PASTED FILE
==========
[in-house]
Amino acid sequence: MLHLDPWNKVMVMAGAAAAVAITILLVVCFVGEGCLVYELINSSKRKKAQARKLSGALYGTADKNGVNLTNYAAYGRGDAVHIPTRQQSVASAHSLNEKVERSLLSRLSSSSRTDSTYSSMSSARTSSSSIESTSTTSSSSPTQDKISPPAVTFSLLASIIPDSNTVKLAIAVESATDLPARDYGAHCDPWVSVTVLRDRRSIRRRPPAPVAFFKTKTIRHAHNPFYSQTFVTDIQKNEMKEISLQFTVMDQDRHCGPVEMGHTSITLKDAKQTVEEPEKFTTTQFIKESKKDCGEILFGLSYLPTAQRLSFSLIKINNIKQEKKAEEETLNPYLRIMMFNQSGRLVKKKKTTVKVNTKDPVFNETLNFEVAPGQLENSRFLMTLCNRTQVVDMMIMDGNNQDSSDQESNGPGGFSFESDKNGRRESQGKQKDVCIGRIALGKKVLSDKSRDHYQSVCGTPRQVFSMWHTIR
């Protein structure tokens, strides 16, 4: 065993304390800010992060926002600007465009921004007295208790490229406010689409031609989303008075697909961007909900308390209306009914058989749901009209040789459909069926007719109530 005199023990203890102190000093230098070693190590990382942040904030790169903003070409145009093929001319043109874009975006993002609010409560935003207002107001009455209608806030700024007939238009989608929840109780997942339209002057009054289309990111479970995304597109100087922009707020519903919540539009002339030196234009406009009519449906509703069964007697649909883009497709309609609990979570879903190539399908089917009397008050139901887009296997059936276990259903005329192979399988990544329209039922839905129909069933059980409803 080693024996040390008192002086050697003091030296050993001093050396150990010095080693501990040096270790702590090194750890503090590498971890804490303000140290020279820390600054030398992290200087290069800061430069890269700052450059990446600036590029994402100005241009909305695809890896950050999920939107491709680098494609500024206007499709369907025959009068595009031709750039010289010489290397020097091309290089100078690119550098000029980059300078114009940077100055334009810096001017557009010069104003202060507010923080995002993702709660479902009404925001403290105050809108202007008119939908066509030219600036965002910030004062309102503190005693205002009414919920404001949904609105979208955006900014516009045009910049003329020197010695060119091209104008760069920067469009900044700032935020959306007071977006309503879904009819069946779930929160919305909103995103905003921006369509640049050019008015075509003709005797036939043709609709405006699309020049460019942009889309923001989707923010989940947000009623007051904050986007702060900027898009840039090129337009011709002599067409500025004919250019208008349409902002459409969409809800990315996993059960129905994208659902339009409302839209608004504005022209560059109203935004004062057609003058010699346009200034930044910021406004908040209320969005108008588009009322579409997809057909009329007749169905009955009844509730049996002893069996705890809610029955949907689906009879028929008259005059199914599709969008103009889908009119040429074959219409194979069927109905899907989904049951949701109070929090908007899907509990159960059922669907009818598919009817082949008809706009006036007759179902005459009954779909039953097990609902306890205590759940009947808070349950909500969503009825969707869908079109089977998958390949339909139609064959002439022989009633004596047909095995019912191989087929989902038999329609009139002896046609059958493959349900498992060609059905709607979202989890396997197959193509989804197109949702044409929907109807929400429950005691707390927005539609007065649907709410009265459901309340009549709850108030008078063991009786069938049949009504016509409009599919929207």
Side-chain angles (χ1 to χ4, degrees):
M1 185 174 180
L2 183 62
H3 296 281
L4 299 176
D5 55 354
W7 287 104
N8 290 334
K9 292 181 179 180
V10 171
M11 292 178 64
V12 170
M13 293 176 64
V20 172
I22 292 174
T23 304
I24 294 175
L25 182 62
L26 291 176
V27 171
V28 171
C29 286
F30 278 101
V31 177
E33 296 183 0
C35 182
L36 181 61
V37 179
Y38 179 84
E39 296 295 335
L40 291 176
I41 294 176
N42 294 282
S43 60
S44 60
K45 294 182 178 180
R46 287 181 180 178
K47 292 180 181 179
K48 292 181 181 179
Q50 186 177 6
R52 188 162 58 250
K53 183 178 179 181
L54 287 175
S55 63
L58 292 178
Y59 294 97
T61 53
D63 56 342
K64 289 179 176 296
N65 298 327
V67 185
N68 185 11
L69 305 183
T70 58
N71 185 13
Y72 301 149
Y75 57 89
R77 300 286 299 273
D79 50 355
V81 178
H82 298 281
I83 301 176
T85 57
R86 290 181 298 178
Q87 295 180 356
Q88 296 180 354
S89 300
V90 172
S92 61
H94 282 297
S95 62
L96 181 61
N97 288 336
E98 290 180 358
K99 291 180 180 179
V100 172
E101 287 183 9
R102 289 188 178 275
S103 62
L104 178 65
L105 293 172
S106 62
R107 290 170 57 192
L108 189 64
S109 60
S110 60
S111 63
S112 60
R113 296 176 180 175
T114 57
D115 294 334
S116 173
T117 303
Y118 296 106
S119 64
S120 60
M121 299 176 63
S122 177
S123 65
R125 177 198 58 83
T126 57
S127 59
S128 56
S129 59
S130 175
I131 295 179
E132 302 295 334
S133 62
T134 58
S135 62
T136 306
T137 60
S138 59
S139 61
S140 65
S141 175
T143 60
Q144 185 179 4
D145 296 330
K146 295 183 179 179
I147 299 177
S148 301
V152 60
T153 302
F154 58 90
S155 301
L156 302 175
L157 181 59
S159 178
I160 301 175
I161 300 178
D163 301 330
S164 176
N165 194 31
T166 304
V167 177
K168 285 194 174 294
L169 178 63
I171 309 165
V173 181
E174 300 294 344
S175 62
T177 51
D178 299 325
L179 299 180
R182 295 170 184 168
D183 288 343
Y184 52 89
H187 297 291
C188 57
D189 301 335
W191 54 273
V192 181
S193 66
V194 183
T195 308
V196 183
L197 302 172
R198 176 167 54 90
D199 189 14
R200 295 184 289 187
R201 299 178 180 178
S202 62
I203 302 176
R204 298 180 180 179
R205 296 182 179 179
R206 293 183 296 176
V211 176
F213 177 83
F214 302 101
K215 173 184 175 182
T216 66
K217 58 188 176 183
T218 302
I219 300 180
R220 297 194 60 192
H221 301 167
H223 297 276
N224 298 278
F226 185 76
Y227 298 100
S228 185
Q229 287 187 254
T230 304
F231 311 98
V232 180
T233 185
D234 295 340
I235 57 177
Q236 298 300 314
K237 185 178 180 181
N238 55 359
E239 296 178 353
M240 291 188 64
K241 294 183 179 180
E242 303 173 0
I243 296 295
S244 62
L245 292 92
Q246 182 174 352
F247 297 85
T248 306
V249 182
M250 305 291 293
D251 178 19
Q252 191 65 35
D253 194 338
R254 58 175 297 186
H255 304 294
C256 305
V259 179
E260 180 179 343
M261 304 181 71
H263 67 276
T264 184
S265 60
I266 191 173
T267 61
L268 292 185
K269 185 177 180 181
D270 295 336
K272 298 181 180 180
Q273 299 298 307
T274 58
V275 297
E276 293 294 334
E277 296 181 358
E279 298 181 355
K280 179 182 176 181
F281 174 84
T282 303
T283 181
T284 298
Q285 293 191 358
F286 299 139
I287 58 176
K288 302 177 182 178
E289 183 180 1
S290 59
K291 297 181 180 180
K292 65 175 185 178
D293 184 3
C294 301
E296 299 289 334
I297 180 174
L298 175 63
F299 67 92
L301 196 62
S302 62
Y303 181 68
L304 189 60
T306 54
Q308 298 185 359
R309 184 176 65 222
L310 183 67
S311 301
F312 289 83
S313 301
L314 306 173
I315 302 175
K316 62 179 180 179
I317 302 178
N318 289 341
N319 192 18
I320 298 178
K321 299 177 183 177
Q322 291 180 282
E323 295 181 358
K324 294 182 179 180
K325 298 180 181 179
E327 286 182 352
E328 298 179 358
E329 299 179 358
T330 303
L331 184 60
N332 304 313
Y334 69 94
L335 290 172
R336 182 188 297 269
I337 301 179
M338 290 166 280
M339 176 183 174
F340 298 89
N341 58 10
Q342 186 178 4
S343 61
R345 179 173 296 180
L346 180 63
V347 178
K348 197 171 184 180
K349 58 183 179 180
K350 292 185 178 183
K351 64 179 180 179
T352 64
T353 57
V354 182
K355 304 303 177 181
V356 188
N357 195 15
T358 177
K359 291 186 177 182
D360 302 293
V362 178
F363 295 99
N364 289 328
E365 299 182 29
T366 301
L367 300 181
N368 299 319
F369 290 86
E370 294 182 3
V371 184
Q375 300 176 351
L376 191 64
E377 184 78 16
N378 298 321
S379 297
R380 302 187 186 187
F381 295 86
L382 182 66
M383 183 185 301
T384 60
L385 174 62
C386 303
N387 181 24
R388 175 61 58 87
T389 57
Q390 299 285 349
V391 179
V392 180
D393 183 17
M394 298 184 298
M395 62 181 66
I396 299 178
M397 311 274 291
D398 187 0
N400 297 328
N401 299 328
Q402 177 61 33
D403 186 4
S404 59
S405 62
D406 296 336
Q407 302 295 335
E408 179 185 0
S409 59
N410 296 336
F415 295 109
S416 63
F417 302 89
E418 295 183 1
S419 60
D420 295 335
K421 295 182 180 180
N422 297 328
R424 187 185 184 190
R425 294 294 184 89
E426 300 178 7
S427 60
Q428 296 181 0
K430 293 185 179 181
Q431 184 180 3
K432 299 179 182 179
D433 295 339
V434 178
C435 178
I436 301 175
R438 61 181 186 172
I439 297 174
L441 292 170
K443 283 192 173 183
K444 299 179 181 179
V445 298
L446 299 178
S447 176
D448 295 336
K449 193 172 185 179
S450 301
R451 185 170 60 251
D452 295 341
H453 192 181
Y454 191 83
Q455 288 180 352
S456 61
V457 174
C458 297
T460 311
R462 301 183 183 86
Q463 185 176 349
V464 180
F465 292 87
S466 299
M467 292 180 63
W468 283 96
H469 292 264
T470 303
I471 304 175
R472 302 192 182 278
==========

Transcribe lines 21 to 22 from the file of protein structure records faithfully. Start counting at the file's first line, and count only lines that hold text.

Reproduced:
L25 182 62
L26 291 176